Premier Mark McGowan says he is ‘pro mullet’ but draws the line at rat’s tails in response to a private Perth boys’ school’s clampdown on “non-conventional” hairstyles.
In its latest newsletter, Trinity College informed parents that the mullet was “untidy, non-conventional and not acceptable” at the school.
“Hair should be well styled, brushed, neat and clean,” the Catholic school said.
“Hair should be cut so that it clears the collar at the back and does not fall in front of the eyes.
“Students are not permitted to have mullets, rat tails, top knots, mohawks, extra long fringes or any other non-conventional style cuts.
“Hair is not to be undercut or layered and is not to be worn any shorter than a number two cut.”
They didn’t stop at hair on the head, adding that boys must be cleanly shaved.
“This is the personal responsibility of each young man as he matures,” it read.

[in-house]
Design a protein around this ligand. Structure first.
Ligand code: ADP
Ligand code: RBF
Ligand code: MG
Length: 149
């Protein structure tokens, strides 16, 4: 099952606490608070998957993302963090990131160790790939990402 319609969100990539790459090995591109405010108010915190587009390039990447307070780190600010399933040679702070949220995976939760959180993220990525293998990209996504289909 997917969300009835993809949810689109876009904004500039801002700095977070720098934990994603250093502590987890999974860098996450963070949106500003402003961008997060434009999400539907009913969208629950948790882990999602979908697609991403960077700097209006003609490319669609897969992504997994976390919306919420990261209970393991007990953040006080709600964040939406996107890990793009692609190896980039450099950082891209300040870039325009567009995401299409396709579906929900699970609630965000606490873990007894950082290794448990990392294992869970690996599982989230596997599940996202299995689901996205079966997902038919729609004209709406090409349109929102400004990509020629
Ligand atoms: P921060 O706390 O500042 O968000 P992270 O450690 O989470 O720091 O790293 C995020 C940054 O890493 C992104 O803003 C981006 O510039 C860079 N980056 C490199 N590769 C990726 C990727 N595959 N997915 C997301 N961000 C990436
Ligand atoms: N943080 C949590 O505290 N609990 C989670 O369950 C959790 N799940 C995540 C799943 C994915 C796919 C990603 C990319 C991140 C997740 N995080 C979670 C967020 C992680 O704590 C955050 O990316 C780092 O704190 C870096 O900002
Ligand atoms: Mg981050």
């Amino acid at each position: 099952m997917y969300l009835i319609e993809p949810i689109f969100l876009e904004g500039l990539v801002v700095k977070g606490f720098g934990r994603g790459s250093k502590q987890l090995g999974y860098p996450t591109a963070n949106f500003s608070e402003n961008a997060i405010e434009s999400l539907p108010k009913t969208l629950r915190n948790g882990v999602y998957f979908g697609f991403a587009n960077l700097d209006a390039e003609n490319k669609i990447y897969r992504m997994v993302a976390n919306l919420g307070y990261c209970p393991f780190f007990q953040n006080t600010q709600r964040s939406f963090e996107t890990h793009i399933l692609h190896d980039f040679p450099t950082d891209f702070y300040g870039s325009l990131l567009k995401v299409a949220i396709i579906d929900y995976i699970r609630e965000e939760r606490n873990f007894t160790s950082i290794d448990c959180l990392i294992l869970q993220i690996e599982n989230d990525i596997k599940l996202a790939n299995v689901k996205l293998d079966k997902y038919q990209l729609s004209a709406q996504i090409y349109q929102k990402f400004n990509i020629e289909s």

“Parents are asked to support the college by ensuring that their son is taught to shave and have an adequate supply of shaving equipment at home.
“Boys attending school with excessive facial hair will be asked to shave and supplied with basic disposable equipment.”
Love it or hate it, the mullet is experiencing a resurgence.
It was reported that after Tiger King premiered on Netflix in 2020, Joe Exotic’s bleached mullet led to the search term “how to cut a mullet” increasing by 1124%.
Now, everyone from rock stars to AFL players are sporting the ‘work at the front, play at the back’ look.
A proud Rockingham man, McGowan told reporters on Tuesday he was a fan of the mullet when pressed about Trinity College’s stance.
“I’m very pro mullet, it’s a unique Australian invention – one we should be selling to the world, but I’ll let the school make their own decisions,” he said.
“I’m pro mullet, I’m not so pro-rat’s tails — rat’s tails are a bit beyond the pale.”